With the help of $7.6 million in grants, the Latino Research Initiative at the University of Texas will begin researching health issues that disproportionately affect Latino communities.
The initiative targets the Hispanic population in Texas — the second largest in the nation, according to the Pew Research Center — to better understand the growing demographic.
“Latinos are going to be outnumbering non-Hispanic whites. … If they’re not healthy, then we’re going to have a population that’s ill,” said Deborah Parra-Medina, inaugural director of the UT institute and a professor of Mexican-American studies. “If we can establish these patterns of health early, when these children become adults, hopefully we’re preventing obesity and diabetes and cardiovascular risks.”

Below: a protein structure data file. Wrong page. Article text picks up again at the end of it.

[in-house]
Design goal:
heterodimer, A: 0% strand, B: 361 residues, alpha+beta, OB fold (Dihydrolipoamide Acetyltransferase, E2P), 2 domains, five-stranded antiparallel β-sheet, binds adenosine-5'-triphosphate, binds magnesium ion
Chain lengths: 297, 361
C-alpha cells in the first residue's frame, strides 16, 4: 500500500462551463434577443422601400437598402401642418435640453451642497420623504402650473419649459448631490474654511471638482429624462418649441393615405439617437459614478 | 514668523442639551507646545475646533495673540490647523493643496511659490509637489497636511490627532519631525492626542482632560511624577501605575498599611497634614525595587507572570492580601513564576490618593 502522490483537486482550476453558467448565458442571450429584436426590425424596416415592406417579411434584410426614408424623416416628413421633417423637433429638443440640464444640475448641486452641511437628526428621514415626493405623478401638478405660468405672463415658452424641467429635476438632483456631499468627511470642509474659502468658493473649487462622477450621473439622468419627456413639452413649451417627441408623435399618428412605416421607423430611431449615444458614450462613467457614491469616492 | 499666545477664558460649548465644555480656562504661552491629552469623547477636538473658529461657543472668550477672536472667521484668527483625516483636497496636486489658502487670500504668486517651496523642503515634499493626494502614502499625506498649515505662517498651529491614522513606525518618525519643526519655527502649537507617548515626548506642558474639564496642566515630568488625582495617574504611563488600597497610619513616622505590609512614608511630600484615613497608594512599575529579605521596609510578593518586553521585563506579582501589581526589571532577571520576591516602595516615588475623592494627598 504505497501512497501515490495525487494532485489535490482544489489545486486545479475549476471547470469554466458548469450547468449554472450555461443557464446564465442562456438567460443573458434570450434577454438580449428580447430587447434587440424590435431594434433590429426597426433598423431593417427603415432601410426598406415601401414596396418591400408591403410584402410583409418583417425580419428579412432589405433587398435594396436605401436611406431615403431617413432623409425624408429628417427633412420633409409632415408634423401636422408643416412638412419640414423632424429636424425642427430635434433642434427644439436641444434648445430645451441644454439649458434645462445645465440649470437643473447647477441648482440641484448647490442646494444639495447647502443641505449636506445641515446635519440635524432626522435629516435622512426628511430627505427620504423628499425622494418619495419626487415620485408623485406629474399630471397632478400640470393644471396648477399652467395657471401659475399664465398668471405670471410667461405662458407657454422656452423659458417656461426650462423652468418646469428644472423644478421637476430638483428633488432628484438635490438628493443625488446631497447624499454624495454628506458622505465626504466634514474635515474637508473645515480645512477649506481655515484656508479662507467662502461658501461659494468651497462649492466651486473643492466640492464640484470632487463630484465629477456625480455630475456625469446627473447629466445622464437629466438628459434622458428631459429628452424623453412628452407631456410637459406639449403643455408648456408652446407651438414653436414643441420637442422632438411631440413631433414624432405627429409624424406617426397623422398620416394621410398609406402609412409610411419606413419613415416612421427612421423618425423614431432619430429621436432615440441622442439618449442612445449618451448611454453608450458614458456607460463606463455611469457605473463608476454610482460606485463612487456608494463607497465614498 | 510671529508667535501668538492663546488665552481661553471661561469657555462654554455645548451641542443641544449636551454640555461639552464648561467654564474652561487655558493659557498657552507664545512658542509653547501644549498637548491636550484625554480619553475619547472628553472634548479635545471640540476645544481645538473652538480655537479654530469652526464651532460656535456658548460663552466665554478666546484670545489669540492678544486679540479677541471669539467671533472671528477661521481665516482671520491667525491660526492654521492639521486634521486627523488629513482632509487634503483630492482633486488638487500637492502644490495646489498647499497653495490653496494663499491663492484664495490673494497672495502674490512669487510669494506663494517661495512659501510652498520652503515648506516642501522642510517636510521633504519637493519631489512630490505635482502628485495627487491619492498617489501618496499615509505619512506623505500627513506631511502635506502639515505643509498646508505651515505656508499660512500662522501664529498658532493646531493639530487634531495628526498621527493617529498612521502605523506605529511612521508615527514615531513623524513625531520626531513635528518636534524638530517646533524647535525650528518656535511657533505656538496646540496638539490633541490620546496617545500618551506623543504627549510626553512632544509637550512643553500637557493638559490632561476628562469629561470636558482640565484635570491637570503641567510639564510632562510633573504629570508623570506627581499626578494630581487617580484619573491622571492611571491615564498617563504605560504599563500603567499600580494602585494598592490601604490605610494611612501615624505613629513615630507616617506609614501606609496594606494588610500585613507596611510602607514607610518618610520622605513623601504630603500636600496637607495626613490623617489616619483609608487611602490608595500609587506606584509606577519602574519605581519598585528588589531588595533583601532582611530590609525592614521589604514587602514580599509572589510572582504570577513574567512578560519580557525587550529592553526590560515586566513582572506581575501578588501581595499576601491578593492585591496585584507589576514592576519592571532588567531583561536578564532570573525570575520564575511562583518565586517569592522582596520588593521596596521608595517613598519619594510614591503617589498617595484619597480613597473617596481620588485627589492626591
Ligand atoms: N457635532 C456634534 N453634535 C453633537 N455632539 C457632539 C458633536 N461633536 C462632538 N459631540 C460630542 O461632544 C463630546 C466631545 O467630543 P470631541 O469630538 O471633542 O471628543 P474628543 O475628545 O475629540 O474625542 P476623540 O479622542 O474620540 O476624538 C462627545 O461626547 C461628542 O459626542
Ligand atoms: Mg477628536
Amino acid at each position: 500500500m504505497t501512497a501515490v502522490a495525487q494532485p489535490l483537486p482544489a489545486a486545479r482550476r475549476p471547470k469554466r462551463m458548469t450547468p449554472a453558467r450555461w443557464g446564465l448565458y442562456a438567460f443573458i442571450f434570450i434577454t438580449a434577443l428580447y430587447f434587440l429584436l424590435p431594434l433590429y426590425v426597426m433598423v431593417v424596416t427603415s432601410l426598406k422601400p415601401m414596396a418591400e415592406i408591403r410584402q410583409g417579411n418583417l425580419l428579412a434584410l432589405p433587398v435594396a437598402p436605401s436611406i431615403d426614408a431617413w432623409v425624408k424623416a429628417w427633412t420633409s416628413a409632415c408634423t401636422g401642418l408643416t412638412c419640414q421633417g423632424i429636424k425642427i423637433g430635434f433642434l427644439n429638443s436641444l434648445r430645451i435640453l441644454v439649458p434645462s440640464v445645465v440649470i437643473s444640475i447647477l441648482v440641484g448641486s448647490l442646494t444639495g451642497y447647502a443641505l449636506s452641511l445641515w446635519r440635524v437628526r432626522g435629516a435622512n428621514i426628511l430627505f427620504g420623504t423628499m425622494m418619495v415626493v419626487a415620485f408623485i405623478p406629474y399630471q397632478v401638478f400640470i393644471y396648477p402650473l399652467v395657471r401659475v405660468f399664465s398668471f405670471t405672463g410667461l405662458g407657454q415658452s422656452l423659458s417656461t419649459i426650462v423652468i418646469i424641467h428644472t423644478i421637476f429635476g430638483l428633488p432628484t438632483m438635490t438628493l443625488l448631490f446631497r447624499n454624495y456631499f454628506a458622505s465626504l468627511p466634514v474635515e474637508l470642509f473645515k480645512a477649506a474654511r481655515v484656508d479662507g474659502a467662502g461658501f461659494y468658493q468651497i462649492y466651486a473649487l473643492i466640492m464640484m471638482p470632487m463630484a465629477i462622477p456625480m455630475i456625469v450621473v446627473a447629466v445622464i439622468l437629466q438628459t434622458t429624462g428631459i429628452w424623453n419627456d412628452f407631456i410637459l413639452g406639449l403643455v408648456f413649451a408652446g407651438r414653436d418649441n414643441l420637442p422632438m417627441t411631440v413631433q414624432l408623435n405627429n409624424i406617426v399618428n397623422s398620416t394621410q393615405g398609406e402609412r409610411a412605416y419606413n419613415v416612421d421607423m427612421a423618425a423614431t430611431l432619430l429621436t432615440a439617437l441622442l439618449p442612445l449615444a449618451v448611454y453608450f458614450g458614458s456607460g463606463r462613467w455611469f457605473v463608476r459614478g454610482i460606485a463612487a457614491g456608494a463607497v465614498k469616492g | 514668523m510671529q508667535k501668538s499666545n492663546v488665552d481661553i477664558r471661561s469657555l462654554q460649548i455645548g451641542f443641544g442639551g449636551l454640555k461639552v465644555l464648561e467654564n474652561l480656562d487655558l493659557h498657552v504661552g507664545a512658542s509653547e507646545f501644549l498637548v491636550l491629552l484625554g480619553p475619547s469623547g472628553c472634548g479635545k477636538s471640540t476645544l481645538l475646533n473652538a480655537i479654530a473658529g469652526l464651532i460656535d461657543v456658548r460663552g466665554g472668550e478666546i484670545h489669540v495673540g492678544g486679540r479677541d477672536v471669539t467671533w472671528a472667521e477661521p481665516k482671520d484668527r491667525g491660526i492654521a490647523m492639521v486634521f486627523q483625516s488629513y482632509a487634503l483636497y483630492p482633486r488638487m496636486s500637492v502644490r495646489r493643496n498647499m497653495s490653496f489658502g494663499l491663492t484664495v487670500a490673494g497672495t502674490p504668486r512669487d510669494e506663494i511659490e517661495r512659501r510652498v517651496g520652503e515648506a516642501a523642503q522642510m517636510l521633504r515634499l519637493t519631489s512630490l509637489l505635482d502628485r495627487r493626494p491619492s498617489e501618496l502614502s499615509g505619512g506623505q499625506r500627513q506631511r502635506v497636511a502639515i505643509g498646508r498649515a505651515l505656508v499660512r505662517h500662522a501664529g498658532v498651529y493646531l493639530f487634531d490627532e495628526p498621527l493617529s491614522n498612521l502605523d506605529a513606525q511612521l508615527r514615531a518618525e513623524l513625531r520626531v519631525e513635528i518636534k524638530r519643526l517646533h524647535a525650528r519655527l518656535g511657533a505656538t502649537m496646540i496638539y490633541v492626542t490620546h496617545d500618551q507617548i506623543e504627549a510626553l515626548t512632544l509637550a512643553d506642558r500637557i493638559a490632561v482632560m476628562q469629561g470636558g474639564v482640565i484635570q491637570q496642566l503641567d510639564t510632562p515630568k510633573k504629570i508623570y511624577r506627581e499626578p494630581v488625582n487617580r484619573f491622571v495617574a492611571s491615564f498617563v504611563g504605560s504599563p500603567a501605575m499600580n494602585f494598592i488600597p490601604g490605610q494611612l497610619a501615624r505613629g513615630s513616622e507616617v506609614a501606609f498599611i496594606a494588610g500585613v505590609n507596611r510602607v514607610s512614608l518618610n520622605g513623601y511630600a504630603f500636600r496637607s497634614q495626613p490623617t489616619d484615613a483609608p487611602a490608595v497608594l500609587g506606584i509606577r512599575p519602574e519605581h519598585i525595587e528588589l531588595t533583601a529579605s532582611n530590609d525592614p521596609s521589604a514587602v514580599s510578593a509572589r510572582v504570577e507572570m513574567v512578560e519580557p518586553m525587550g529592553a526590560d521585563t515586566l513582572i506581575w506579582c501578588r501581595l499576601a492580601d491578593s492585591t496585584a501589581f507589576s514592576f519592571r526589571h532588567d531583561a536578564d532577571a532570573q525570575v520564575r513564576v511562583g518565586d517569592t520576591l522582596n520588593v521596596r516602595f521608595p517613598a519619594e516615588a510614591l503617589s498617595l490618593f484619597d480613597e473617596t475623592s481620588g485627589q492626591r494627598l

The institute officially launched in May 2015 and will focus on three separate projects: “Healthy Frio” is a family-focused obesity intervention program in the rural Latino communities of Frio County, southwest of San Antonio. “Míranos” focuses on more than 20 Head Start schools in San Antonio to promote physical activity and healthy eating among preschoolers. “Entre Familia” will promote HPV vaccinations to Latina teens and young adults in South Texas, which accounts for some of the highest rates of cervical cancer mortality, Parra-Medina said.
“Latinos are underrepresented in research,” Parra-Medina said. “Many times when research is conducted … the vast majority of what we call the evidence does not include Hispanic-Latinos in the population. We know that those environments, those cultures, those experiences, the resources are so different.”
Get more coverage of the Austin area’s Hispanic community every week in our free Spanish-language edition, ¡Ahora Sí!, and online at statesman.com/ahorasi.